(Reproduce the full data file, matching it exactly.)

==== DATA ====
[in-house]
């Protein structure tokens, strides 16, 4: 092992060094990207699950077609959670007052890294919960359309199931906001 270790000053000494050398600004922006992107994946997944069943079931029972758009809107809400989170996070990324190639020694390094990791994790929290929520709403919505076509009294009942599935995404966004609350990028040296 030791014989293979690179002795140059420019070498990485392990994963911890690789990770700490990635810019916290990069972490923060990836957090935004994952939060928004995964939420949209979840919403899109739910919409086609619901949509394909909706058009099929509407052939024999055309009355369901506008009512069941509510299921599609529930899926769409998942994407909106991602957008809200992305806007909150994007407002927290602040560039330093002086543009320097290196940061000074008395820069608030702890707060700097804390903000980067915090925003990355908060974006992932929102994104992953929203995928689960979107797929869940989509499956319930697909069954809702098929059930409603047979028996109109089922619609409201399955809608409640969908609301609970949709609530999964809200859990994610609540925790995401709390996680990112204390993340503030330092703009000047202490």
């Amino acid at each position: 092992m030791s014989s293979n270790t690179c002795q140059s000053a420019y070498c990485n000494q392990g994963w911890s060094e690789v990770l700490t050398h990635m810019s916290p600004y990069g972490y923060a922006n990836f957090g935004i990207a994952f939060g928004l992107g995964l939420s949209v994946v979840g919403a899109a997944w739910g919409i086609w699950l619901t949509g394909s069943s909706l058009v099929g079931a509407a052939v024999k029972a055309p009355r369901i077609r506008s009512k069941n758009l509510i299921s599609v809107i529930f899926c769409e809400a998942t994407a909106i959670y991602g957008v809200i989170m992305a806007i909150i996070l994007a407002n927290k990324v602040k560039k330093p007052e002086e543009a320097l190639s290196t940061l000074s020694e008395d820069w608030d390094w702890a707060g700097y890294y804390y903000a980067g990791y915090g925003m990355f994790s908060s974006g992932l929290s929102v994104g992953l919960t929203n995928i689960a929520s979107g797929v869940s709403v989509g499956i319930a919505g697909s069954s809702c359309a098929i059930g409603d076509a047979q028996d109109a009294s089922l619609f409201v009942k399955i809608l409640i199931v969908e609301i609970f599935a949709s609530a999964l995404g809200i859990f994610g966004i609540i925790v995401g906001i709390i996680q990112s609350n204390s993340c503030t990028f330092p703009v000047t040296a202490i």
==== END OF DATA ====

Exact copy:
[in-house]
């Protein structure tokens, strides 16, 4: 092992060094990207699950077609959670007052890294919960359309199931906001 270790000053000494050398600004922006992107994946997944069943079931029972758009809107809400989170996070990324190639020694390094990791994790929290929520709403919505076509009294009942599935995404966004609350990028040296 030791014989293979690179002795140059420019070498990485392990994963911890690789990770700490990635810019916290990069972490923060990836957090935004994952939060928004995964939420949209979840919403899109739910919409086609619901949509394909909706058009099929509407052939024999055309009355369901506008009512069941509510299921599609529930899926769409998942994407909106991602957008809200992305806007909150994007407002927290602040560039330093002086543009320097290196940061000074008395820069608030702890707060700097804390903000980067915090925003990355908060974006992932929102994104992953929203995928689960979107797929869940989509499956319930697909069954809702098929059930409603047979028996109109089922619609409201399955809608409640969908609301609970949709609530999964809200859990994610609540925790995401709390996680990112204390993340503030330092703009000047202490």
């Amino acid at each position: 092992m030791s014989s293979n270790t690179c002795q140059s000053a420019y070498c990485n000494q392990g994963w911890s060094e690789v990770l700490t050398h990635m810019s916290p600004y990069g972490y923060a922006n990836f957090g935004i990207a994952f939060g928004l992107g995964l939420s949209v994946v979840g919403a899109a997944w739910g919409i086609w699950l619901t949509g394909s069943s909706l058009v099929g079931a509407a052939v024999k029972a055309p009355r369901i077609r506008s009512k069941n758009l509510i299921s599609v809107i529930f899926c769409e809400a998942t994407a909106i959670y991602g957008v809200i989170m992305a806007i909150i996070l994007a407002n927290k990324v602040k560039k330093p007052e002086e543009a320097l190639s290196t940061l000074s020694e008395d820069w608030d390094w702890a707060g700097y890294y804390y903000a980067g990791y915090g925003m990355f994790s908060s974006g992932l929290s929102v994104g992953l919960t929203n995928i689960a929520s979107g797929v869940s709403v989509g499956i319930a919505g697909s069954s809702c359309a098929i059930g409603d076509a047979q028996d109109a009294s089922l619609f409201v009942k399955i809608l409640i199931v969908e609301i609970f599935a949709s609530a999964l995404g809200i859990f994610g966004i609540i925790v995401g906001i709390i996680q990112s609350n204390s993340c503030t990028f330092p703009v000047t040296a202490i």